I have been interested in intergenerational knowledge for the last 10 years. This fascination began to grow in university and was largely triggered by my study of the feminist movement. What I did not fully comprehend was that my falling into that wheel house of study was apart of a much larger mission to do ancestral healing within my own body/psyche. Many years earlier, I was charged with the mission of unlocking ancestral memory within my DNA. I do know know exactly when this occurred, only that I was on this path long before the age of 20.

How does one discharge this mission? For me, I began working through transmissions during an identity crisis. I was traveling in Israel, a trip that my recently deceased grandfather wanted all his grandchildren to go on. Although my family never lived in Israel and had left Europe before the Holocaust, they did experience the violence of anti-semetism. While visiting the Holocust Museum in Jerusalem, I experienced my first profound transmission. It came on, at first, in the form of a panic attack but I have come to know understand that moment as a profound rising of the remnants of my ancestors' trauma in my body.

Since that day, I have received more and more clues on how to work with ancestral memory and trauma. This entailed increased exposure to trauma in my own body/psyche, including two assaults and one near fatal car accident. Each time a trauma occurred, my PTSD became more severe. It has only been in the last year that I have come to understand my PTSD as apart of the ancestral transmission process. I am learning how to separate my own experiences from those that are being given space to come through me. 

Our DNA is a rich archive and generational information. There is a body of knowledge waiting to be unearthed. It is up to us to make this information relevant. By digging deep into subconscious realms, we are able to access ancestral memory. Within these memories are the stories our ancestors themselves inherited. Our ancestral or familial narrative is likely a complex web of struggle, migration, resilience, endurance, altruism, service, community, fear, and forgiveness. Our bodies know these stories, even if our mind does not.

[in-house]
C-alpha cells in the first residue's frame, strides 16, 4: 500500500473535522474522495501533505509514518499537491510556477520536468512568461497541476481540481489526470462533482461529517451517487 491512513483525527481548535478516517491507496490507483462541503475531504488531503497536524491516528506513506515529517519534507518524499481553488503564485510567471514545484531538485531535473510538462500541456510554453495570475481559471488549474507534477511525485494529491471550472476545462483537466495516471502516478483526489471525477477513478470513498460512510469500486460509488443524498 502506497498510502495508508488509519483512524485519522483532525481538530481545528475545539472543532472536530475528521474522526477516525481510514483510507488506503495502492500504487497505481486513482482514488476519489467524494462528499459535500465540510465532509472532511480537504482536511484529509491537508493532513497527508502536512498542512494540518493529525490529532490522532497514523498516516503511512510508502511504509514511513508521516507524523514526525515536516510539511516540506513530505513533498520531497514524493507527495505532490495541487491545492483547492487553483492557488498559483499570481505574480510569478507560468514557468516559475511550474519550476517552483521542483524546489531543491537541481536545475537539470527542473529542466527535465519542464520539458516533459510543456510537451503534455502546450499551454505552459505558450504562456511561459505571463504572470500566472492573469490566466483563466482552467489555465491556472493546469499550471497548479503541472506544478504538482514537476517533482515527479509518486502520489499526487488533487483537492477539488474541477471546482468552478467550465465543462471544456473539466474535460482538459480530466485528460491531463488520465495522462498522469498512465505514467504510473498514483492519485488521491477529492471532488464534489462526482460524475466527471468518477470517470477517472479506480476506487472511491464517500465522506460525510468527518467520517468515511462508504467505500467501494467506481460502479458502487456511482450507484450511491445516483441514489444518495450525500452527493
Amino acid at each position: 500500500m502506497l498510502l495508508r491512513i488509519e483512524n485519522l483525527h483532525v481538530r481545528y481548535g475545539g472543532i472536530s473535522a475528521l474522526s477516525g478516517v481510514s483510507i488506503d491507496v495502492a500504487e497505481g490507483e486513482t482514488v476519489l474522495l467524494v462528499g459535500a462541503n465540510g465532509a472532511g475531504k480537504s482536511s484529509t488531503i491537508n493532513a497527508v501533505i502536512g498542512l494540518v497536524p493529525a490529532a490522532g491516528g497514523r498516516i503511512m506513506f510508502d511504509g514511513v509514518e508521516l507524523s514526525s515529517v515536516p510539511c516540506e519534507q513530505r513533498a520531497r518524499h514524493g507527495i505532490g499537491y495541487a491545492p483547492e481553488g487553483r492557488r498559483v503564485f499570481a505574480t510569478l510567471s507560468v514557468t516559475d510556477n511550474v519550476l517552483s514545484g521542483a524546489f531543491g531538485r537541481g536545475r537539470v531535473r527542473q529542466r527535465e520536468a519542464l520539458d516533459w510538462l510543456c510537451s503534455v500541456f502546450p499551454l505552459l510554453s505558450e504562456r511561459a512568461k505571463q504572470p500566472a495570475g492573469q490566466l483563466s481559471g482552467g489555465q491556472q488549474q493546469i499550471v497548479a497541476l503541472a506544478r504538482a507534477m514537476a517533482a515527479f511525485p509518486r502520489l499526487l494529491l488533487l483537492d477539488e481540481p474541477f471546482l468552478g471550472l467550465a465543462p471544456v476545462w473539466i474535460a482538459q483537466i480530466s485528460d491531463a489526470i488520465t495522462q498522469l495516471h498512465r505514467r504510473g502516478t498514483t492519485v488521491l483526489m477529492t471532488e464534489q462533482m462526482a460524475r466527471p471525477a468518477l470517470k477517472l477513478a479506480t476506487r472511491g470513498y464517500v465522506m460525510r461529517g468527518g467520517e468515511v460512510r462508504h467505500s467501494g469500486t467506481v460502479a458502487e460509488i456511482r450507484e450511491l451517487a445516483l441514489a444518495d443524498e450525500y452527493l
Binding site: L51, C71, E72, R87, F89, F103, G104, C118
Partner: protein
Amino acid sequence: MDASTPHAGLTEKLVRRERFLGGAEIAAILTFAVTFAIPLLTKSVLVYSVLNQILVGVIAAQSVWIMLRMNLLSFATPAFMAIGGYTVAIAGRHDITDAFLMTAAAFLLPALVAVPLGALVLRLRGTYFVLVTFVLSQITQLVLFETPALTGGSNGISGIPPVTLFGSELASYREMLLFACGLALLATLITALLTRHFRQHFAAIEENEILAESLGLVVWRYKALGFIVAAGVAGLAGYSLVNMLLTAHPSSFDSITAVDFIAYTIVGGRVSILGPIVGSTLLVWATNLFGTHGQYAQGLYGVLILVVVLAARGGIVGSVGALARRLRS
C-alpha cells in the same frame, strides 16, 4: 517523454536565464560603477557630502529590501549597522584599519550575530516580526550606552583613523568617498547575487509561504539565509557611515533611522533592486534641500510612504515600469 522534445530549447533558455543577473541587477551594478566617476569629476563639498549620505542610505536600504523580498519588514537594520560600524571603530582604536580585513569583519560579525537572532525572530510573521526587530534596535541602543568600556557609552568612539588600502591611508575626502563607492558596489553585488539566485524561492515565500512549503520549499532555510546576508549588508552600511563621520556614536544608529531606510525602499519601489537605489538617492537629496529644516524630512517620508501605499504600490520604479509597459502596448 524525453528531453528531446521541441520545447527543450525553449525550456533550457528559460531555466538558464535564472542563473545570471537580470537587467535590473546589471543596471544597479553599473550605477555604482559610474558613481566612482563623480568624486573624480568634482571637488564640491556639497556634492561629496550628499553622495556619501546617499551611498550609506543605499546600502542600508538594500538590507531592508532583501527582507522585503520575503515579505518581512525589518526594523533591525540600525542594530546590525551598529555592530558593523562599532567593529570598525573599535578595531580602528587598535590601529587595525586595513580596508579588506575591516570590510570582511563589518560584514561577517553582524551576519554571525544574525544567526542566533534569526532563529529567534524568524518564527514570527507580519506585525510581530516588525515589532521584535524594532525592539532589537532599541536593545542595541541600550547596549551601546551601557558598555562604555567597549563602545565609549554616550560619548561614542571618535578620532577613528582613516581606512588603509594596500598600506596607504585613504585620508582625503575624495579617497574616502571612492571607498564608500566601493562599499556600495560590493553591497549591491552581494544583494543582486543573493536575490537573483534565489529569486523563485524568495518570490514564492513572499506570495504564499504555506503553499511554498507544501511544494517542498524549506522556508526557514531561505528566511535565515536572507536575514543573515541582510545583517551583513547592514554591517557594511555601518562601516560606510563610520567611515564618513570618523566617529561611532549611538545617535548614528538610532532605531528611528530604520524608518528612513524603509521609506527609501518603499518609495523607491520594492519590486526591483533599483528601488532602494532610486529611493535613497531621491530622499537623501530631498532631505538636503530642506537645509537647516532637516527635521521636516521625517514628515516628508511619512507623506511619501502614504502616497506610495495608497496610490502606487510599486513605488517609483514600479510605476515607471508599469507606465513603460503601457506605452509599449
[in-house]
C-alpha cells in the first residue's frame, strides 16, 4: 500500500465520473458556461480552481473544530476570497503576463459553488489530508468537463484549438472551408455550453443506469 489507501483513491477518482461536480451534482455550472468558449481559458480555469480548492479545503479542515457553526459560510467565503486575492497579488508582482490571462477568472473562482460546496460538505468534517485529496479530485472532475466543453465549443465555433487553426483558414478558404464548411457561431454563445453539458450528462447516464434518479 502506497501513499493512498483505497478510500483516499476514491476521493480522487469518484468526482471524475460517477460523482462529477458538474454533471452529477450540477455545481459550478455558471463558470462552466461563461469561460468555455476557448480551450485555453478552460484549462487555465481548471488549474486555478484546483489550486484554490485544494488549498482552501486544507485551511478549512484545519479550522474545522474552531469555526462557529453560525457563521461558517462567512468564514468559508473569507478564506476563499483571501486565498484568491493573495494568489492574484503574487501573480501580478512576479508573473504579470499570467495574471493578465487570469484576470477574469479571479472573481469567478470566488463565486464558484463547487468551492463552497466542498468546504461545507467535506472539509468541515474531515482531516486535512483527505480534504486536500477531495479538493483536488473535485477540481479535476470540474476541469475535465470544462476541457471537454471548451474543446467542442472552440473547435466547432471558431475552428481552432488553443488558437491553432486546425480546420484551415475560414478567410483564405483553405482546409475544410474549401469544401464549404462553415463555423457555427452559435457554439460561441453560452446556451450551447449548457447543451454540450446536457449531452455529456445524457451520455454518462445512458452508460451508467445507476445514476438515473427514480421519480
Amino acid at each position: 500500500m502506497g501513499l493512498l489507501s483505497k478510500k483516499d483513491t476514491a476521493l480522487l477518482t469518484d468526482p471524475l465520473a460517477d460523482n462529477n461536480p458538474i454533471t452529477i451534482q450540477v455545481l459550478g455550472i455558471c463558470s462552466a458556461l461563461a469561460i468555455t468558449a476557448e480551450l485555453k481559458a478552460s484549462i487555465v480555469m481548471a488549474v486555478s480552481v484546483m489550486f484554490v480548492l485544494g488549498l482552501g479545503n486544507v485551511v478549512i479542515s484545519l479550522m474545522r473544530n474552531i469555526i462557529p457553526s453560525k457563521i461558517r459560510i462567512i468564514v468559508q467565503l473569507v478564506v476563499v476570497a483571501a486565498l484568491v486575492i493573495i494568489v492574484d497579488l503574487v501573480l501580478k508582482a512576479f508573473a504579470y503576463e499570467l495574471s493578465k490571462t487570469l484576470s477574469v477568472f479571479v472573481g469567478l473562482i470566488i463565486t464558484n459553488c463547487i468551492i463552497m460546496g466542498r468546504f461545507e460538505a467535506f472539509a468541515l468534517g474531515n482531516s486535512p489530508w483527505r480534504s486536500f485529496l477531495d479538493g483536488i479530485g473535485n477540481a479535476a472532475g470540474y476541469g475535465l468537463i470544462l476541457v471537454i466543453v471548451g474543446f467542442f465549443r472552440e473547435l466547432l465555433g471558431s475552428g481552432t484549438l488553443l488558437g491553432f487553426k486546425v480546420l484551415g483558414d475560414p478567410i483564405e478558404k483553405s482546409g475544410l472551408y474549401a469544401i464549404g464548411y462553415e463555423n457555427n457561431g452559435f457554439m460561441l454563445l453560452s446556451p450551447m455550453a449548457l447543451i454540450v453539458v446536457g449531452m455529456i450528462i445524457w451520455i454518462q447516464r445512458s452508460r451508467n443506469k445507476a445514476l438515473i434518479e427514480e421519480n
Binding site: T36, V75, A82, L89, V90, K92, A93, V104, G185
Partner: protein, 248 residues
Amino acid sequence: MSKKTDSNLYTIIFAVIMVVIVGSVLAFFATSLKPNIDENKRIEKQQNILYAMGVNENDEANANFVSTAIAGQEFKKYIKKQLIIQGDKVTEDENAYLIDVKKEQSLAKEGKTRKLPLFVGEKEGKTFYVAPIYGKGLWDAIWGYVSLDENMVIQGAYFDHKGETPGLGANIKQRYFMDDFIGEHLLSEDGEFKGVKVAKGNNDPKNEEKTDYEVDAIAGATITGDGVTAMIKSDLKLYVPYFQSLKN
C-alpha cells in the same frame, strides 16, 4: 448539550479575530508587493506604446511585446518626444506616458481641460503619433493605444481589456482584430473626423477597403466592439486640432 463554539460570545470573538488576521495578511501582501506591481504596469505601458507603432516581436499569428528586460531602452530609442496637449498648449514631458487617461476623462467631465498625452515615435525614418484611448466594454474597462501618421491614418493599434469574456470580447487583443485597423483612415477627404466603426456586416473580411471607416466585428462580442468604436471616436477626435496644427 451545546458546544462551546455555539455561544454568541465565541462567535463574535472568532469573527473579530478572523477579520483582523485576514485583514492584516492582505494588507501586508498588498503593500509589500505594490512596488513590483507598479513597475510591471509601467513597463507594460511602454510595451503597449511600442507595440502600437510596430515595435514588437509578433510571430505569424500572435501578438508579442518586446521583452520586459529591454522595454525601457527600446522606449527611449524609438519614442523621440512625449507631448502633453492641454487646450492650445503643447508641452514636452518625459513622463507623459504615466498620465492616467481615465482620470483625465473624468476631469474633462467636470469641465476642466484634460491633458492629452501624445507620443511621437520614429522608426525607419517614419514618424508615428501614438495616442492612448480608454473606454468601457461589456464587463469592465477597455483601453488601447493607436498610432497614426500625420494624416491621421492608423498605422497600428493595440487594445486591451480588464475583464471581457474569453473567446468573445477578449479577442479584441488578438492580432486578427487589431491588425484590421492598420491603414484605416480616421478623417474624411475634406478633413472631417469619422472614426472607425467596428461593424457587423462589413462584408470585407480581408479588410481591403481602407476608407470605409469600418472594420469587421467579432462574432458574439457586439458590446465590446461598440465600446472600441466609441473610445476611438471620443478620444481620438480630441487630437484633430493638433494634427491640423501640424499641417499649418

Anxiety is actually one of dearest clues of stuck ancestral trauma. For example, increased anxiety during times of travel may suggest that an ancestor was forced to travel over large distance as a young child, perhaps alone. Relationship anxiety, fear of rejection or abandonment may signal a long standing practice of separation between mother and child, going back generations.   

Brother David Steindl-Rast is a Benedictine Monk who witnessed so many traumas during World War 1 in his native Vienna. As a young child, if he was not tightly wrapped in a blanket, he would have an emotional breakdown.  His anxiety was so profound that it crippled him as a child. He learnt to follow his anxiety and learnt a great deal from it:

that is why we can look back at our life, not only at our birth, but at all other spots where we got into really tight spots and suffered anxiety. Anxiety is not optional in life. It’s part of life. We come into life through anxiety. And we look at it, and remember it, and say to ourselves, we made it. We got through it. We made it. In fact, the worst anxieties and the worst tight spots in our life, often, years later, when you look back at them, reveal themselves as the beginning of something completely new, a completely new life.

 

 

Jen Holden